May 12, 2015 |
WHAT IS THIS academic world coming to? Tom Brady gets caught with his air compressor on so now they're going to be teaching a four-credit course on "Deflategate" at the University of New Hampshire. UNH sports law professor Michael McCann designed the course, which according to its description, will be about "the interplay between those footballs . . . and the legal, regulatory and journalistic systems governing sports. " So, got to thinking: If courses can be offered in that, why not have some Philadelphia sports officials teach a course?
September 16, 2013
Success in numbers I had to smile while reading about Andrew Jackson School in South Philadelphia, where teachers expressed consternation at having to deal with classes of 32 to 36 students. In the mid- to late 1950s, I attended a Philadelphia parochial school where class size regularly approached 90 students, and my fourth-grade class actually had 101 children. How did our teachers, the Sisters of the Immaculate Heart of Mary and a small contingent of young, dedicated lay teachers, manage?
September 12, 2013 |
When Philadelphia School Superintendent William R. Hite Jr. showed up unannounced Tuesday morning at Andrew Jackson School, principal Lisa Ciaranca Kaplan asked: "Am I in trouble?" The South Philadelphia school, hit with large class sizes, was featured in an Inquirer article Tuesday on how Kaplan and teachers grappled with those classes, including one with 36 first graders. Hite, however, hadn't come to lower the boom. He had talked to Kaplan last week about class size concerns, and Jackson was one of the schools on his radar to visit, he said.
June 26, 2013 |
Amid widespread concern over school-funding cuts, a majority of Pennsylvania voters would be willing to pay higher taxes to reverse them, a poll released Monday said. The statewide poll said 78 percent of those questioned were concerned about public school funding, 48 percent "very concerned. " The rates were higher for women, with 85 percent expressing concern for schools and 55 percent saying they were "very concerned. " Overall, 55 percent of respondents said that they believed the schools were in crisis and that Gov. Corbett and the Republican-controlled legislature should act to prevent staff from being laid off, programs ended, and class sizes increased.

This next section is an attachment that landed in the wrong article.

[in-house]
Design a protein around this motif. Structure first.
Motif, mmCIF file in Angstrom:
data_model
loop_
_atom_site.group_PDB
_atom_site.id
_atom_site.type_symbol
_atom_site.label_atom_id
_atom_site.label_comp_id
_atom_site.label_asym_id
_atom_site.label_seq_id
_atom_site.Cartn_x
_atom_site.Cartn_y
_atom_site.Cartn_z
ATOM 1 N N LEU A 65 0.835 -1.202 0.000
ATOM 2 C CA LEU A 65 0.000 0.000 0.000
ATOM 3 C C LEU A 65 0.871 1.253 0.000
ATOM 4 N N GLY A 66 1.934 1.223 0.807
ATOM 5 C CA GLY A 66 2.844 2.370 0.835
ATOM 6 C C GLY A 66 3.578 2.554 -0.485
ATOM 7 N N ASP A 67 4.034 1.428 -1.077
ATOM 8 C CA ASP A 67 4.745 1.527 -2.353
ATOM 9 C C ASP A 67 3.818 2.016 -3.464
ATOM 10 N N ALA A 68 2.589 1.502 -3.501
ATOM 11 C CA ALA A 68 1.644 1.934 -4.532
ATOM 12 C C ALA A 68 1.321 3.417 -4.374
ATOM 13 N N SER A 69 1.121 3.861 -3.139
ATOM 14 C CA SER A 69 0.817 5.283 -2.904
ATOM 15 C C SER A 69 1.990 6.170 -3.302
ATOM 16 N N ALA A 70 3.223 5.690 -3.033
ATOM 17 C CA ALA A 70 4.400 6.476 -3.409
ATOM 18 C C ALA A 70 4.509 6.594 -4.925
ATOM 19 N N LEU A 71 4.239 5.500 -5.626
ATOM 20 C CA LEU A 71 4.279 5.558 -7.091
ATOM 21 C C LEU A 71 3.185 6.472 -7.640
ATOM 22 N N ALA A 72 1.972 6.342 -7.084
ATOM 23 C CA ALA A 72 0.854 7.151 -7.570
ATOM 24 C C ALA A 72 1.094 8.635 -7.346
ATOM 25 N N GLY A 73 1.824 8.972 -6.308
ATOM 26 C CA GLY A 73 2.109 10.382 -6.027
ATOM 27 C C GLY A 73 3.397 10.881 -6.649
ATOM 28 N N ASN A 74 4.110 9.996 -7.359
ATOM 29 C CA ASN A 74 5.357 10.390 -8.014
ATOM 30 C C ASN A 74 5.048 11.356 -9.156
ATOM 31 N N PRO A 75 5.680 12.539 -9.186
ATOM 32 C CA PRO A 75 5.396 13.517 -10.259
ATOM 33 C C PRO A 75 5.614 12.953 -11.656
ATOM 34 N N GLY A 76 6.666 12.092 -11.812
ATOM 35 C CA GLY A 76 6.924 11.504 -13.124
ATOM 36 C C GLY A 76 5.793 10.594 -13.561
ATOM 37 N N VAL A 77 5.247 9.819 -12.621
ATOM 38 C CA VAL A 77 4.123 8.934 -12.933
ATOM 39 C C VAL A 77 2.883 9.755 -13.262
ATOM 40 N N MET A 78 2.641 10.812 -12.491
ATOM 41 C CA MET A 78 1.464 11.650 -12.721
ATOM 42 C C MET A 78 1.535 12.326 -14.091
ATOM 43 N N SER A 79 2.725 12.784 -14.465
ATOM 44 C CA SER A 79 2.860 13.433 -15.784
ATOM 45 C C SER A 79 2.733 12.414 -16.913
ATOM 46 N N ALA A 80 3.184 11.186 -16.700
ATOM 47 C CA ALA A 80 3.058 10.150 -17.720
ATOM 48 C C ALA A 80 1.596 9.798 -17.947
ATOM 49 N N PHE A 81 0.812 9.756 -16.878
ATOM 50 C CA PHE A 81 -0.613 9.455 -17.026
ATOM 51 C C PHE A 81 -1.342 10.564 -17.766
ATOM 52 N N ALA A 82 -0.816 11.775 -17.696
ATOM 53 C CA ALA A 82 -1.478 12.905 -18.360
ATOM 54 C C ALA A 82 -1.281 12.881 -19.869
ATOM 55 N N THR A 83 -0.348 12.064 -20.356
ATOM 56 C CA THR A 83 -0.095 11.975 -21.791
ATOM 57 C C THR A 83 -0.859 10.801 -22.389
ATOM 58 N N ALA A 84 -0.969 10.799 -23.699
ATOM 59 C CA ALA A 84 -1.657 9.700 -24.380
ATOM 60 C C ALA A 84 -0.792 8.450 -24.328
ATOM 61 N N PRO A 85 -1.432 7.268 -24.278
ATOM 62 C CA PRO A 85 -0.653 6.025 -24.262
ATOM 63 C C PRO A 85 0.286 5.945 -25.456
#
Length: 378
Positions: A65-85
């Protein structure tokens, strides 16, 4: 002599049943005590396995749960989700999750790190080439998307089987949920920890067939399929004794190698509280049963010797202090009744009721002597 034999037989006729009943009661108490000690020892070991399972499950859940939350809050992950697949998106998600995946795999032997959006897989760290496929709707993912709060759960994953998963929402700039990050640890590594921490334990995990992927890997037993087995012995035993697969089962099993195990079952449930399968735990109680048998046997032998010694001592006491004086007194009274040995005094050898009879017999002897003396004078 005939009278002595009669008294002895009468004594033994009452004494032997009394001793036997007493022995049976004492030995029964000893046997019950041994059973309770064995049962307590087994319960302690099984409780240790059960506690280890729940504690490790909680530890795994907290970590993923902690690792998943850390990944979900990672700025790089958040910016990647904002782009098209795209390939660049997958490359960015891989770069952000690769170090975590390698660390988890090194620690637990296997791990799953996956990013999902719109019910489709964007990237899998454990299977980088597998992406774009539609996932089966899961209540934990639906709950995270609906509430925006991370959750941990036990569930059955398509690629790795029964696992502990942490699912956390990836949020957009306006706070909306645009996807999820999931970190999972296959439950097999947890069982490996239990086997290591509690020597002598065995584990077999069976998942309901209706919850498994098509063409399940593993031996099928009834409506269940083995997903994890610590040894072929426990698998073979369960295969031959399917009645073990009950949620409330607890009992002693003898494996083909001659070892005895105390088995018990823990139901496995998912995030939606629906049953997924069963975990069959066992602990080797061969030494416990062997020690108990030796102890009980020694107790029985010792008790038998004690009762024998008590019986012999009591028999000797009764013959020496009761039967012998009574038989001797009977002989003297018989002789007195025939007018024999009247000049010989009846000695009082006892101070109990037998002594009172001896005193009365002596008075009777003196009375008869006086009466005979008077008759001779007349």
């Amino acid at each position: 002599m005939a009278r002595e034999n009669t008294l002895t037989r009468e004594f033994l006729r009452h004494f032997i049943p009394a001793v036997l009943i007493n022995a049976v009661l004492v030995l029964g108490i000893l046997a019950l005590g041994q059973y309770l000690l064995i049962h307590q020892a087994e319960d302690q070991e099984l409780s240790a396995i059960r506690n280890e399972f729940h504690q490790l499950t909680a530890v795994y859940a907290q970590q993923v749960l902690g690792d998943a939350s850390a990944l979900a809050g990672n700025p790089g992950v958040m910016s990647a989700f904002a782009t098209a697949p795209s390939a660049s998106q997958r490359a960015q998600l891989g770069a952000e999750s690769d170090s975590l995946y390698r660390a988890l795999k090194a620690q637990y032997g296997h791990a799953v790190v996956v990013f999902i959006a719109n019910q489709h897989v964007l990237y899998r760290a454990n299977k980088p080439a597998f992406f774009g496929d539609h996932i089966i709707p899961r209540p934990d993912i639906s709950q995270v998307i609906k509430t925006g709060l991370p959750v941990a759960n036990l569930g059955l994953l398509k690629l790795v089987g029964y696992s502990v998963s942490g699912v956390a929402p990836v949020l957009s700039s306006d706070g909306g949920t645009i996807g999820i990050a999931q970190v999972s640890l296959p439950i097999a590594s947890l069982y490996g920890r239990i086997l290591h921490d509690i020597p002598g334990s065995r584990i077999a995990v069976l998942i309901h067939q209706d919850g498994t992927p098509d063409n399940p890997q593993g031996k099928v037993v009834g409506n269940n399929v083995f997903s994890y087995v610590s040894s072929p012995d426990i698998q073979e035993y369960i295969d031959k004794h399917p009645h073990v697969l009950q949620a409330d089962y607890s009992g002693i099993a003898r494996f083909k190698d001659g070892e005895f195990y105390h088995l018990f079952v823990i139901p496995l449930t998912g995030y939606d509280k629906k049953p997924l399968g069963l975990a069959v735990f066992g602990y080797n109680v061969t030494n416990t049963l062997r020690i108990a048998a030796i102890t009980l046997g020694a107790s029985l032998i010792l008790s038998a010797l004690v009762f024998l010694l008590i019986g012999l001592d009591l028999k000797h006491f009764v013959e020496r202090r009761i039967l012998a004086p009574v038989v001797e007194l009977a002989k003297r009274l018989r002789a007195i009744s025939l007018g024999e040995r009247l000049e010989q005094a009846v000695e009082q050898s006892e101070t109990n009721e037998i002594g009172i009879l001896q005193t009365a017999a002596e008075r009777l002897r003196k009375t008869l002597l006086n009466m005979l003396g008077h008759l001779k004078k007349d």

March 4, 2013 |
FORT HOOD, Texas - Public schools everywhere will be affected by the government's automatic budget cuts, but few may feel the funding pinch faster than those on and around military bases. School districts with military ties from coast to coast are bracing for increased class sizes and delayed building repairs. Others already have axed sports teams and even eliminated teaching positions, but still may have to tap savings just to make it through year's end. But there's little hope for softening any future financial blows.
November 19, 2012 |
I HADN'T SEEN Vince's son in years. He had grown into a charming, intelligent and articulate high-school senior. His father wants him to work on Wall Street but he's always dreamed of becoming a teacher. Teaching is a wonderful profession, I told him. Sure, you'll make more money in finance, but you'll never feel the satisfaction of working with young people and making a difference in their lives. On the other hand, it seems that the days of being admired and valued for dedicating yourself to the education of young people may be over.
June 4, 2012 |
It was no surprise that educators at a West Philadelphia charter school challenged Republican presidential candidate Mitt Romney's statement that class size has no impact on student achievement. His assertion isn't supported by most research, and it is the widely held belief of generations of parents and teachers that class size matters when it comes to learning. Many schools — including the private academy where Romney sends his children, which advertises an average class size of 12 students — have long touted small class sizes as a selling point.
May 27, 2012 |
For years, teachers and parents have insisted that smaller class sizes are crucial to children's educational success. On Thursday, Mitt Romney visited Philadelphia and politely said they were mistaken. And on Friday, passions erupted among partisans and professionals, from city classrooms to City Hall to Cherry Hill. "Out of touch with reality," Mayor Nutter fumed about the presumptive GOP nominee. "Just plain wrong," said Steve Baker, spokesman for the New Jersey teachers' union.
May 26, 2012 |
Republican presidential candidate Mitt Romney brought his plan to improve the American educational system to a West Philadelphia charter school Thursday, and suggested class size mattered little to pupils' achievement. Whereupon the teachers in the room immediately questioned his stance. Calling the gap in education performance between black and white students "the civil rights issue of our time," Romney said quality teaching and parental involvement were the keys to classroom success.